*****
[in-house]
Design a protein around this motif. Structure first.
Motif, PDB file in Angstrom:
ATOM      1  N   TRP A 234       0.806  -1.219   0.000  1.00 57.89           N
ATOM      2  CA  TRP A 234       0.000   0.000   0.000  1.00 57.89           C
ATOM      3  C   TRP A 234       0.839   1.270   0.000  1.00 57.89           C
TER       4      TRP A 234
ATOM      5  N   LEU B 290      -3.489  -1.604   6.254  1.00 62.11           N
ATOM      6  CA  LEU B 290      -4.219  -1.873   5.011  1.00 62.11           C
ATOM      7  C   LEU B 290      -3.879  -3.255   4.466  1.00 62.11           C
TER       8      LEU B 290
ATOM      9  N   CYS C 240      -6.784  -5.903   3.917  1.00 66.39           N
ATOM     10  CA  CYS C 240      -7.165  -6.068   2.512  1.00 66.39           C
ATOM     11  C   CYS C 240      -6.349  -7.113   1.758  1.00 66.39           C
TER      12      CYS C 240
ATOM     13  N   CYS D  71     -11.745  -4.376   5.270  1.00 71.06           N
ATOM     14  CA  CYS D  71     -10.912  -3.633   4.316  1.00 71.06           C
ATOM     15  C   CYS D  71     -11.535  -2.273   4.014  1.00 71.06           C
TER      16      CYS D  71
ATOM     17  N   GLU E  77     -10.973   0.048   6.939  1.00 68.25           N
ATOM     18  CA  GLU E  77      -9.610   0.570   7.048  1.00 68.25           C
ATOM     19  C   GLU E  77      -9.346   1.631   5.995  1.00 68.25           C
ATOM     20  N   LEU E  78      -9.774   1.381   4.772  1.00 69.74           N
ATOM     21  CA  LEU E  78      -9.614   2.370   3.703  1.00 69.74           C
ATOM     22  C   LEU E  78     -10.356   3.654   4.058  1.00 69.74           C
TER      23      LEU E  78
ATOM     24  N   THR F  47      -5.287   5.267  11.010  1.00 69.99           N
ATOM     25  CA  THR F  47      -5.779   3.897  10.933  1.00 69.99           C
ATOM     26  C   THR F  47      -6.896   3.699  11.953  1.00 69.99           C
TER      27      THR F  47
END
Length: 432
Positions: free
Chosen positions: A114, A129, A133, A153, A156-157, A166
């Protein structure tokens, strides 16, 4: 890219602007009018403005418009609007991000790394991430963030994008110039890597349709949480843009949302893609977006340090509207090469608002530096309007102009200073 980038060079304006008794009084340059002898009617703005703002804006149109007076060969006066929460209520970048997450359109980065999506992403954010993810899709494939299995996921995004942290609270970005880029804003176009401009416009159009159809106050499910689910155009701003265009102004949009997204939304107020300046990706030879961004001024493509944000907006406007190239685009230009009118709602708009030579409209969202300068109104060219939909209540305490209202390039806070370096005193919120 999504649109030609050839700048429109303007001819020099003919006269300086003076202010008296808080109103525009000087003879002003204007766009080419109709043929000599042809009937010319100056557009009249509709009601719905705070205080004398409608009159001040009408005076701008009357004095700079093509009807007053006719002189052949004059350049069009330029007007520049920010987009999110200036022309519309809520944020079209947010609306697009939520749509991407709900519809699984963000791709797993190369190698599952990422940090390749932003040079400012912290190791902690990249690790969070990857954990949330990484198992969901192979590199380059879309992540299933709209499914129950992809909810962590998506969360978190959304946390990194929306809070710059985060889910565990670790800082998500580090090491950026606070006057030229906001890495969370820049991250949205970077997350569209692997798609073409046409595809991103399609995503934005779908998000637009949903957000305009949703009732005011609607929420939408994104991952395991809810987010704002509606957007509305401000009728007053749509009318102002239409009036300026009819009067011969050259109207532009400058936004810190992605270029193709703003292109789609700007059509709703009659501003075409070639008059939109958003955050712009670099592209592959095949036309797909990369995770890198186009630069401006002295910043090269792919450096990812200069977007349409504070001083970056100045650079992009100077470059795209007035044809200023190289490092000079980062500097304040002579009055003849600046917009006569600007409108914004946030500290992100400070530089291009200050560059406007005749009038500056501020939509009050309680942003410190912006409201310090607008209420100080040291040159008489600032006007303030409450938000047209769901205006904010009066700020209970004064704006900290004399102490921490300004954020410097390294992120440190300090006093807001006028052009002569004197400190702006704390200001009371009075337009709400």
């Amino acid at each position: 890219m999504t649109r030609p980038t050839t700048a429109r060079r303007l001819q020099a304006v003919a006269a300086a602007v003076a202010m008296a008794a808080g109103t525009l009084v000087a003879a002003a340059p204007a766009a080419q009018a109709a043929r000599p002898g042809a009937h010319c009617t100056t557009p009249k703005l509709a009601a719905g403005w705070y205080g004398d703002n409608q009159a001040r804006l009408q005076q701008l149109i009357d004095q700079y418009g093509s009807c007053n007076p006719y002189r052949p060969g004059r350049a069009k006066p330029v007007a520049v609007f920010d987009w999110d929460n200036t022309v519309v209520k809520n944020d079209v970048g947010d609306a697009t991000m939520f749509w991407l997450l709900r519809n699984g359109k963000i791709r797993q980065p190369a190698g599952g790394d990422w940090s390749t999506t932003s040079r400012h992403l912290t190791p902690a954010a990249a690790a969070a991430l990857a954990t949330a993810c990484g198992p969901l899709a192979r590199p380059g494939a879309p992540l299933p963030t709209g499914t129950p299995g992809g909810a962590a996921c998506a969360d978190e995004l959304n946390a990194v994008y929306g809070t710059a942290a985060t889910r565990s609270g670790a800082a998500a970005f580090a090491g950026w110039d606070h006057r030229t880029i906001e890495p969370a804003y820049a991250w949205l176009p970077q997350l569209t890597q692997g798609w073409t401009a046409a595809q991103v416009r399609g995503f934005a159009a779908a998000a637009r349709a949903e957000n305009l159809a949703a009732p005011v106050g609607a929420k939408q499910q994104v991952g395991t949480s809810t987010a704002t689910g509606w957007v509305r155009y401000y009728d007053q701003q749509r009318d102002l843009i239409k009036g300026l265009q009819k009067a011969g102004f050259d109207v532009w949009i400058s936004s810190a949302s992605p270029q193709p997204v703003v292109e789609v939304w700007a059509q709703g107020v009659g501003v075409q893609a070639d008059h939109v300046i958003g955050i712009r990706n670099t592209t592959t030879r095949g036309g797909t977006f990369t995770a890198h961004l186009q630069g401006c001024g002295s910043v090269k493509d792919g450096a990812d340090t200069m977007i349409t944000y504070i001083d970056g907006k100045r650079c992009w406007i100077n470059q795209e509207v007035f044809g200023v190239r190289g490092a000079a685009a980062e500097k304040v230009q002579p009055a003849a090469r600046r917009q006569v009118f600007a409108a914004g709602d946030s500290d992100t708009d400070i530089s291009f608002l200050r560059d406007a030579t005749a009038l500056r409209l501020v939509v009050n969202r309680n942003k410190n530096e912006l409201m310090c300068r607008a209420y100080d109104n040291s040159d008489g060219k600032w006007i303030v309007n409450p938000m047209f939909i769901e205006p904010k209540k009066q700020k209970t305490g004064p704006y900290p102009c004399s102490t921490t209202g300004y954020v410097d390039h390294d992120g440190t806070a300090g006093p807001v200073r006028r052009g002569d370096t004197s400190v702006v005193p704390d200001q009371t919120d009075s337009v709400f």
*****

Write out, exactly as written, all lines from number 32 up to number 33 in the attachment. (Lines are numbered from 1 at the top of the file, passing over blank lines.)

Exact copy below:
Length: 432
Positions: free